Oksana Kravchuk spent three weeks at George Washington University’s Office of Innovation and Entrepreneurship (OIE) observing as students developed business models for their own startups.
Kravchuk was part of a group of about 15 Ukrainian business leaders from an array of industries including agriculture, banking, IT and manufacturing who came to this country on a United States State Department fellowship in conjunction with the American Councils for International Education that links them with U.S. businesses and entrepreneurs to stimulate private sector growth.
“The United States is the best place to understand how to develop open mindedness, networks and communication and an entrepreneurial mindset. That is why I am here,” said Kravchuk, who was eager to make contacts, gain access to U.S. markets and pick up tips on innovation and leadership for her business school in Ukraine.
Her home country’s educational system does not equip young people for the modern world or provide real world experiences, according to Kravchuk. “Like 90% of our youth go to the university,” she said. “It is not with an understanding of what they want from an education. It’s the thing to do. You go to the university. After that you get a job with a good company or you go into government.”
A former banker and manufacturing director, Kravchuk wanted something better for her 18-year-old daughter, and two younger children who live in Vinnystia, a city in central Ukraine far from the frontlines of the ongoing war with Russia but still vulnerable to Russian missile attacks.
“For the moment it’s pretty calm,” Kravchuk said. “We are resilient. A lot of new businesses are opening new branches. They’re not staying in one place waiting for something to happen.”
She was impressed that GW students in the OIE pitch competition develop business models based on research to determine how their projects work in real life.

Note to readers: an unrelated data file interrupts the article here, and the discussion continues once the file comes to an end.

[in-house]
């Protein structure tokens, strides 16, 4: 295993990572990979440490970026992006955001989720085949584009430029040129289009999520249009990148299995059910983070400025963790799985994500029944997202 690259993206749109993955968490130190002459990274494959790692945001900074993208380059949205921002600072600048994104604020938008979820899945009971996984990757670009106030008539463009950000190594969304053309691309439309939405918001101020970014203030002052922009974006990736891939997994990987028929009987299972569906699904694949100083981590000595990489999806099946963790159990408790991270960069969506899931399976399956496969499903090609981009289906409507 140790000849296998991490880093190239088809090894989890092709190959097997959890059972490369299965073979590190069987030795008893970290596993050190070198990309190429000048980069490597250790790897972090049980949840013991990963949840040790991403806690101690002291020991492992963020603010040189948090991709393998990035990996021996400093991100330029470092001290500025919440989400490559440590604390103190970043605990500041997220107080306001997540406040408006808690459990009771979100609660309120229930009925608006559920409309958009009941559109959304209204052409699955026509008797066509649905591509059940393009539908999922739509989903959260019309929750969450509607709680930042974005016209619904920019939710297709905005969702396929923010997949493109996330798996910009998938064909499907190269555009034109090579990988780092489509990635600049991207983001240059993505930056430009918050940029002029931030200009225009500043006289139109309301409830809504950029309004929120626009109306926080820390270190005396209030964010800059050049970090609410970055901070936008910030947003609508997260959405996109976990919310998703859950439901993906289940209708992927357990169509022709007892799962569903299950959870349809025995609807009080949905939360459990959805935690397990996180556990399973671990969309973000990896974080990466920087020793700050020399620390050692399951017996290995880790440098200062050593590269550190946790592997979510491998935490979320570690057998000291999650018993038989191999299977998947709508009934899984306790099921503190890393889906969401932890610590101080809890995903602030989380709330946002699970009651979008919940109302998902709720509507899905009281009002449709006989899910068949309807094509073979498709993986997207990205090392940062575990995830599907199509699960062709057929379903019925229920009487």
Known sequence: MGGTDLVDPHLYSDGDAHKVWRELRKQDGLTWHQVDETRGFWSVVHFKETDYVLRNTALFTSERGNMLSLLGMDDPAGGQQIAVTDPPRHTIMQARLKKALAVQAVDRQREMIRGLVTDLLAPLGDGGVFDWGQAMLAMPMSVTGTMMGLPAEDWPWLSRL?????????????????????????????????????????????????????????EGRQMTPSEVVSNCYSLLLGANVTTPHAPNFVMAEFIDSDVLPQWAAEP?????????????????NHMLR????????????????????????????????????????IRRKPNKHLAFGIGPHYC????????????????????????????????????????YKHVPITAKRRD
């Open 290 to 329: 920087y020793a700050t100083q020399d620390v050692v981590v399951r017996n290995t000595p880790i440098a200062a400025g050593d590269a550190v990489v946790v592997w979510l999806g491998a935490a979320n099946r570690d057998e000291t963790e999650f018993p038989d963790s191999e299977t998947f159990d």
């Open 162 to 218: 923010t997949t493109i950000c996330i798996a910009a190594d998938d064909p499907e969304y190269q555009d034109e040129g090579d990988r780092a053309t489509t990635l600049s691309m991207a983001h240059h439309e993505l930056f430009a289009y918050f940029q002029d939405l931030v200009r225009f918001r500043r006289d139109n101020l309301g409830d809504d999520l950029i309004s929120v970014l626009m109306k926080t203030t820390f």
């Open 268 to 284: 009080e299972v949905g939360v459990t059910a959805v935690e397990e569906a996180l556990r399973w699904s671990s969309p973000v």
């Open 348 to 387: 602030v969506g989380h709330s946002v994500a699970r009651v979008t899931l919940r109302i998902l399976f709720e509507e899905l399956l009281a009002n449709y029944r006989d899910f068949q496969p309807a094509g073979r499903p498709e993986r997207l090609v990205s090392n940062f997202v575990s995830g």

“What impressed me is that they didn’t just think about earning money. They think about some very important global things, like homelessness, and integrating people into society,” she said. “There was a global mindset. It was not only about your business. You think about different problems.”
The Ukrainian fellows visit to the United States culminated in a session at the Elliott School of International Affairs Monday afternoon with I-Corps at GW Director Bob Smith, part of OIE. The session at GW also alumna Sarah Malinowski, M.S. ’23, who described her visit to Ukraine to conduct research for the prototype of a new and improved prosthetic limb.
Mentorship is the hallmark of the OIE’s Global Lean Startup Program which has trained people globally to be mentors on how to move technology from the laboratory to marketplace, leading to the creation of over 1,000 companies.
Entrepreneurs go through a journey that generally starts with an idea, Smith explained to the fellows. When they see something that leads them to ask, “why is that like that,” Smith told the fellows, “that’s the genesis.”
"And when you get interested,” Smith continued, “you get inspired, and you dig deeper and that leads to an exploration.”
Kravchuk’s personal frustration with her daughter’s education led her to create the leadership program and business school, United, six years ago to help prepare Ukraine’s next generation for the investment that comes when the war ends.
“She inspired me,” Kravchuk said. “I wanted to find something that would develop skills which are important in the modern world. When I couldn’t find anything, I realized I am not the only mother with this problem. I opened the center.
“I want to teach my students to be more open,” she said, “to see not only how to earn money in business, but also the direction the world is moving in and work with their surroundings to create more contacts and meet people in different spheres.”
For the past six years, United has sent more than 1,000 Ukrainian young people to camps in the United Kingdom, Bulgaria and Greece and hopes through contacts she made through OIE to organize similar visits to the United States.
Another fellow at GW, Khryrstyna Dereha, sells personalized gifts and accessories from her family’s company on the web through Amazon and Etsy, and to companies like Maybelline and Sony. She was keen to learn more about social marketing and working with American influencers to promote her brand, Jungle. Despite cultural differences between the two countries, she discovered that U.S. and Ukrainian businesses were similar.
“When you’re really far away, you think that somewhere else is really different or you’re doing something wrong,” she said. “Now I realize I have experience and knowledge. I just have to do it. It will come. So not to be afraid. Just do it.”